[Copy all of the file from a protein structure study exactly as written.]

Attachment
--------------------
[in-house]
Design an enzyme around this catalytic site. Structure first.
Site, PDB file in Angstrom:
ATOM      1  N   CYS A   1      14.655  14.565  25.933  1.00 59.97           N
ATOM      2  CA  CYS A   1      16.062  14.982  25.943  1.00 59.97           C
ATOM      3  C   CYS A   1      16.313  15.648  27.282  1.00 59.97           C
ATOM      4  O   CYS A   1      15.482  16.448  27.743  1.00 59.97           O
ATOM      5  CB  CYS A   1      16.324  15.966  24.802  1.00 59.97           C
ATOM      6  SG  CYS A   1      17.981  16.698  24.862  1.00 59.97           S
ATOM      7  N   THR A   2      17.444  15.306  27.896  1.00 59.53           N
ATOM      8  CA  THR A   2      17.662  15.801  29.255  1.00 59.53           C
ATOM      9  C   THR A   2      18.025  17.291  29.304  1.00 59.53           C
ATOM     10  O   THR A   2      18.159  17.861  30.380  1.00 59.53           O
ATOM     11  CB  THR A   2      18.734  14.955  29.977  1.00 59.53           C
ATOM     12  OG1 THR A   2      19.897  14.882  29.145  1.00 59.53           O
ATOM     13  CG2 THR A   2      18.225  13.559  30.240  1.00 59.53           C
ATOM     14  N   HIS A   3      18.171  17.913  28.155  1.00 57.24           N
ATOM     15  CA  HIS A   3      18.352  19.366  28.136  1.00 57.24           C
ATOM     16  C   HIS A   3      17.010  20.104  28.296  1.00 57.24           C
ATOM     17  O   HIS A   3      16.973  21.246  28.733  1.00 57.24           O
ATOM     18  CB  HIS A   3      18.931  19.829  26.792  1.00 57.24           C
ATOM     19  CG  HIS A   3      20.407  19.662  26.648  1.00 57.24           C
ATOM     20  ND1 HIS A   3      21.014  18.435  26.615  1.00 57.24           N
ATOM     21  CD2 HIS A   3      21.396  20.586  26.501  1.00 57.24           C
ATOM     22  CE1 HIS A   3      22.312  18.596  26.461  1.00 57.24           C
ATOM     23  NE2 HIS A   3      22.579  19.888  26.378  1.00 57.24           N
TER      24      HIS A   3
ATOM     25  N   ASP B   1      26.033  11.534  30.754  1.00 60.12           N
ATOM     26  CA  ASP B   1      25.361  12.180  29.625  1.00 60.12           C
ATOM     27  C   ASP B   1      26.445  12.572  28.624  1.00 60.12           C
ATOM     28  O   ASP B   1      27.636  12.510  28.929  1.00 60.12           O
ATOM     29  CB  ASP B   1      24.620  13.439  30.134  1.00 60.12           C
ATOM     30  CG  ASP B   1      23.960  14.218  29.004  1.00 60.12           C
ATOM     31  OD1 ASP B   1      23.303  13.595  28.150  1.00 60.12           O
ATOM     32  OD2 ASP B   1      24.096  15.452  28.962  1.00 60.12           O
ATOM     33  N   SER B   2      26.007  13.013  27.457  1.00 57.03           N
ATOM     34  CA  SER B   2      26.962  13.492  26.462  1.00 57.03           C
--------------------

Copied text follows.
[in-house]
Design an enzyme around this catalytic site. Structure first.
Site, PDB file in Angstrom:
ATOM      1  N   CYS A   1      14.655  14.565  25.933  1.00 59.97           N
ATOM      2  CA  CYS A   1      16.062  14.982  25.943  1.00 59.97           C
ATOM      3  C   CYS A   1      16.313  15.648  27.282  1.00 59.97           C
ATOM      4  O   CYS A   1      15.482  16.448  27.743  1.00 59.97           O
ATOM      5  CB  CYS A   1      16.324  15.966  24.802  1.00 59.97           C
ATOM      6  SG  CYS A   1      17.981  16.698  24.862  1.00 59.97           S
ATOM      7  N   THR A   2      17.444  15.306  27.896  1.00 59.53           N
ATOM      8  CA  THR A   2      17.662  15.801  29.255  1.00 59.53           C
ATOM      9  C   THR A   2      18.025  17.291  29.304  1.00 59.53           C
ATOM     10  O   THR A   2      18.159  17.861  30.380  1.00 59.53           O
ATOM     11  CB  THR A   2      18.734  14.955  29.977  1.00 59.53           C
ATOM     12  OG1 THR A   2      19.897  14.882  29.145  1.00 59.53           O
ATOM     13  CG2 THR A   2      18.225  13.559  30.240  1.00 59.53           C
ATOM     14  N   HIS A   3      18.171  17.913  28.155  1.00 57.24           N
ATOM     15  CA  HIS A   3      18.352  19.366  28.136  1.00 57.24           C
ATOM     16  C   HIS A   3      17.010  20.104  28.296  1.00 57.24           C
ATOM     17  O   HIS A   3      16.973  21.246  28.733  1.00 57.24           O
ATOM     18  CB  HIS A   3      18.931  19.829  26.792  1.00 57.24           C
ATOM     19  CG  HIS A   3      20.407  19.662  26.648  1.00 57.24           C
ATOM     20  ND1 HIS A   3      21.014  18.435  26.615  1.00 57.24           N
ATOM     21  CD2 HIS A   3      21.396  20.586  26.501  1.00 57.24           C
ATOM     22  CE1 HIS A   3      22.312  18.596  26.461  1.00 57.24           C
ATOM     23  NE2 HIS A   3      22.579  19.888  26.378  1.00 57.24           N
TER      24      HIS A   3
ATOM     25  N   ASP B   1      26.033  11.534  30.754  1.00 60.12           N
ATOM     26  CA  ASP B   1      25.361  12.180  29.625  1.00 60.12           C
ATOM     27  C   ASP B   1      26.445  12.572  28.624  1.00 60.12           C
ATOM     28  O   ASP B   1      27.636  12.510  28.929  1.00 60.12           O
ATOM     29  CB  ASP B   1      24.620  13.439  30.134  1.00 60.12           C
ATOM     30  CG  ASP B   1      23.960  14.218  29.004  1.00 60.12           C
ATOM     31  OD1 ASP B   1      23.303  13.595  28.150  1.00 60.12           O
ATOM     32  OD2 ASP B   1      24.096  15.452  28.962  1.00 60.12           O
ATOM     33  N   SER B   2      26.007  13.013  27.457  1.00 57.03           N
ATOM     34  CA  SER B   2      26.962  13.492  26.462  1.00 57.03           C